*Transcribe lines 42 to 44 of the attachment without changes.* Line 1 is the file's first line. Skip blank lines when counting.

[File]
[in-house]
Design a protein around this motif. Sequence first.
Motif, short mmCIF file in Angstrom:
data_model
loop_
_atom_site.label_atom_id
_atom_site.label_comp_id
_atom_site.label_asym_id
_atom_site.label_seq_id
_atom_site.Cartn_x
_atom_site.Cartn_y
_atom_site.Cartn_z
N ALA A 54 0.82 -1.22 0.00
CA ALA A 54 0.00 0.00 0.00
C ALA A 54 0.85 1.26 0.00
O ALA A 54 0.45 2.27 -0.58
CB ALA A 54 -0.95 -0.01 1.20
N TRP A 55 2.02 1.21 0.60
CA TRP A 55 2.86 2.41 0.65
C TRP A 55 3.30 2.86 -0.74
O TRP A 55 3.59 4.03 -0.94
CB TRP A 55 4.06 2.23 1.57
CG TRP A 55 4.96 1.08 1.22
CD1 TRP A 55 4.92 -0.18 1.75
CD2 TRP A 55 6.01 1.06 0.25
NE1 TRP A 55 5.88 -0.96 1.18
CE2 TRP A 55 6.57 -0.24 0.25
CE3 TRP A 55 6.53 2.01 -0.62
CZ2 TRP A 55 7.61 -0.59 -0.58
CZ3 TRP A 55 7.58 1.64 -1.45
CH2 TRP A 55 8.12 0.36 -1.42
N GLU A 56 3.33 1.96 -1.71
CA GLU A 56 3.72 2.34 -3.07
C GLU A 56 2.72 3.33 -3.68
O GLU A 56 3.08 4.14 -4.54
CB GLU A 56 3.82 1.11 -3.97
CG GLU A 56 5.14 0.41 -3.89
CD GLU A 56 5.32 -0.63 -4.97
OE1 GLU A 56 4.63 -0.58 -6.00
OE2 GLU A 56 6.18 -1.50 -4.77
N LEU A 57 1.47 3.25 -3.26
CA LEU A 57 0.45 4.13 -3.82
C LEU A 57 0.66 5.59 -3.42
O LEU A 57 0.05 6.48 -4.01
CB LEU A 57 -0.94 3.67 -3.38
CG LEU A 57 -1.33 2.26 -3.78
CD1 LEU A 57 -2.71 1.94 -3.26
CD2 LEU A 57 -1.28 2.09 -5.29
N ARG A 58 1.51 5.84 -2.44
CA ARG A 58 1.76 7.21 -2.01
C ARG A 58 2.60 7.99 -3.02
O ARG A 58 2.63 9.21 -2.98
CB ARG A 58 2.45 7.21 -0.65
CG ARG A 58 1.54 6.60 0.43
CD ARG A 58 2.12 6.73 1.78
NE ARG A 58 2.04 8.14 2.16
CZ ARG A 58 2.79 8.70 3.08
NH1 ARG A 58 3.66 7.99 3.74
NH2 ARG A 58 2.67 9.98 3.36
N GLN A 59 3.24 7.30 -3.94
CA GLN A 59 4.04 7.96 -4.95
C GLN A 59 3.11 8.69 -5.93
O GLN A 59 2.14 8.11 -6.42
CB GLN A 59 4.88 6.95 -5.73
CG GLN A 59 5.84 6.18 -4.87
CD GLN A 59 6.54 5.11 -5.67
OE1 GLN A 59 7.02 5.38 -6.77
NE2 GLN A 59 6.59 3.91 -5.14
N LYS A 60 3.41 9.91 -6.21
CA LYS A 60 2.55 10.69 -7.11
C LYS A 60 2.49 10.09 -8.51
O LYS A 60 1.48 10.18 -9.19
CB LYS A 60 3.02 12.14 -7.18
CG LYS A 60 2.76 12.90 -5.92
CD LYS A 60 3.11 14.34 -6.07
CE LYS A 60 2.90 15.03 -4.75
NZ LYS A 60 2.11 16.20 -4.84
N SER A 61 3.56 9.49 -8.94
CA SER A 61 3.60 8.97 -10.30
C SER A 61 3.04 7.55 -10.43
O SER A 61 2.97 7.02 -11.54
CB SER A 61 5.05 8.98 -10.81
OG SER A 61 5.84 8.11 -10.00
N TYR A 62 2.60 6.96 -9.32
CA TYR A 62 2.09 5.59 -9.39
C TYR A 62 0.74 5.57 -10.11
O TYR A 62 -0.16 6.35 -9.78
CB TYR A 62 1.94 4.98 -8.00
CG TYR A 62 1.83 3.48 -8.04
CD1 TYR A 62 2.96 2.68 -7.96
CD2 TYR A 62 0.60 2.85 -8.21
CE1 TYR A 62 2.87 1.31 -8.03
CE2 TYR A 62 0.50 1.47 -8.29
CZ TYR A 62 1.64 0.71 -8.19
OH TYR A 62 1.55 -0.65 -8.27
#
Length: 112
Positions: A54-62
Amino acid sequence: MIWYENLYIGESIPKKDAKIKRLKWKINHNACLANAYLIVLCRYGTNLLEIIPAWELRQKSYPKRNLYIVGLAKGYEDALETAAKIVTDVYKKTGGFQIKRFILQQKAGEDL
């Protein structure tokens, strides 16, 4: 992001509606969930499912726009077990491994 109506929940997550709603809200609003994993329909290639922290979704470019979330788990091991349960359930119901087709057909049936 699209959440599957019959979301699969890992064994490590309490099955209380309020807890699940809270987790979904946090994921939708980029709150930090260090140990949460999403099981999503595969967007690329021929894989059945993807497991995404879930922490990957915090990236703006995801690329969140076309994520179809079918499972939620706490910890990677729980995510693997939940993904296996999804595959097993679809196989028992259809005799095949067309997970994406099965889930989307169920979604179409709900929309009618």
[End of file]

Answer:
CA LEU A 57 0.45 4.13 -3.82
C LEU A 57 0.66 5.59 -3.42
O LEU A 57 0.05 6.48 -4.01